A Potent Nostalgia: Chapter 1

Once upon a time we nomads settled down and created agriculture. The efficiencies of that agriculture released labour for both trade and the trades which in turn evolved centres of production and consumption which we know as rural villages, harbour towns and market towns. I’ll leave aside the influences (usually malign) of power in the simultaneous creation of walled cities, fortresses, trade blocs, dukedoms, ring roads, cloned towns, retail parks, gated communities and distorted and perverse social systems.

Earth is not a global village: Start living more locally before it’s too late

The scary truth is that the economic, environmental, social, and political crises we’re facing are red flags warning us that the system we’re all counting on is headed for collapse, says LaConte. Global leaders are approaching these crises as though they were distinct and unrelated, when in reality, the problem is globalization itself.

Conflict and change in the era of economic decline: Part 5 – A theory of change for a century of crisis

If groups seeking to make the post-carbon transition go more smoothly and equitably are to have much hope of success, they need a sound strategy grounded in a realistic theory of change. Here, briefly, is a theory of change that makes sense to me.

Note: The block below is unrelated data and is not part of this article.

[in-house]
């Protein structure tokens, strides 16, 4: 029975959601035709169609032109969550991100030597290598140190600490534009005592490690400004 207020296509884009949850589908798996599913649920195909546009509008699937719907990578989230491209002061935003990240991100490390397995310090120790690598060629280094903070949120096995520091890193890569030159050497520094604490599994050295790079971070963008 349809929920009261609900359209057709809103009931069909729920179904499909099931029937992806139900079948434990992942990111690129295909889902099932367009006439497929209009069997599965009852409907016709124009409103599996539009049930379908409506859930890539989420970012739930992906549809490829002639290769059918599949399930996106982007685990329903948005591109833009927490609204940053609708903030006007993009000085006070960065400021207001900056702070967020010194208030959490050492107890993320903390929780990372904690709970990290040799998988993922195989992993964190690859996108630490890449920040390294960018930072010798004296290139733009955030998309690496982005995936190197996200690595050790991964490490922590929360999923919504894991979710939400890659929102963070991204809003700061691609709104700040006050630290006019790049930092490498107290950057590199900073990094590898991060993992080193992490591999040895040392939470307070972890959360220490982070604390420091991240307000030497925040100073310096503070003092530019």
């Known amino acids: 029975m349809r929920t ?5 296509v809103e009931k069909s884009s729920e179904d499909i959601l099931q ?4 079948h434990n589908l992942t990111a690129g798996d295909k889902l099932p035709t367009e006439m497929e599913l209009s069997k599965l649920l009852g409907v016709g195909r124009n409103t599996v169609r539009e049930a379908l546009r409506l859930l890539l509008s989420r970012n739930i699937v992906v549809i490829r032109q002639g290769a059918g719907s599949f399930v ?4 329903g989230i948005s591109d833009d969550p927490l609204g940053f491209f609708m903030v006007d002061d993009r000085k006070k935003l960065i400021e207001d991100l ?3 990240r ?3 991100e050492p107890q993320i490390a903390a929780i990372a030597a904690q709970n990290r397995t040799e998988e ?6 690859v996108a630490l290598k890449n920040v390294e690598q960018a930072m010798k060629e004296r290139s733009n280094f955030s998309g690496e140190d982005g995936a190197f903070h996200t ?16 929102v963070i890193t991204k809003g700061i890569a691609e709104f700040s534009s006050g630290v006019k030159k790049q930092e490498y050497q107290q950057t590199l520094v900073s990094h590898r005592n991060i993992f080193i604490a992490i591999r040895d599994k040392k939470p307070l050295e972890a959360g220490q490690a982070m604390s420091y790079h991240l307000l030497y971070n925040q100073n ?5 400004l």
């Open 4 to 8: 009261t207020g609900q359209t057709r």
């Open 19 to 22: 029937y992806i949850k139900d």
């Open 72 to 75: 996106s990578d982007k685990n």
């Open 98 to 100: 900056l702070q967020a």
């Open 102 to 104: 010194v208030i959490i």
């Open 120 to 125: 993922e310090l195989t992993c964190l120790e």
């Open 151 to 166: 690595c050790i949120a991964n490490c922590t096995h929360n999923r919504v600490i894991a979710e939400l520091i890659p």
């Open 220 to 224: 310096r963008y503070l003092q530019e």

Aristotle in Connecticut

As I tried to comprehend the tragedy in Newtown, Connecticut, my thoughts were with the victims and their families. The horror I feel is nothing compared to what they have been required to experience and absorb. Understanding what happened seems impossible — but attempt to understand it we must, if we are to reduce the occurrence of these devastating shooting tragedies in the future. As I wondered along with the rest of America how this could happen, my thoughts turned to ancient philosophy — specifically, to the teachings of Aristotle and what he said about causation.

Strengthening Local Economies: Michael Shuman on Investing in Small Businesses – web event

Not even 1 percent of Americans’ long-term savings are invested locally, largely because it’s just not possible under the current system. But what would our towns look like if a larger fraction of this $30 trillion were in local economies?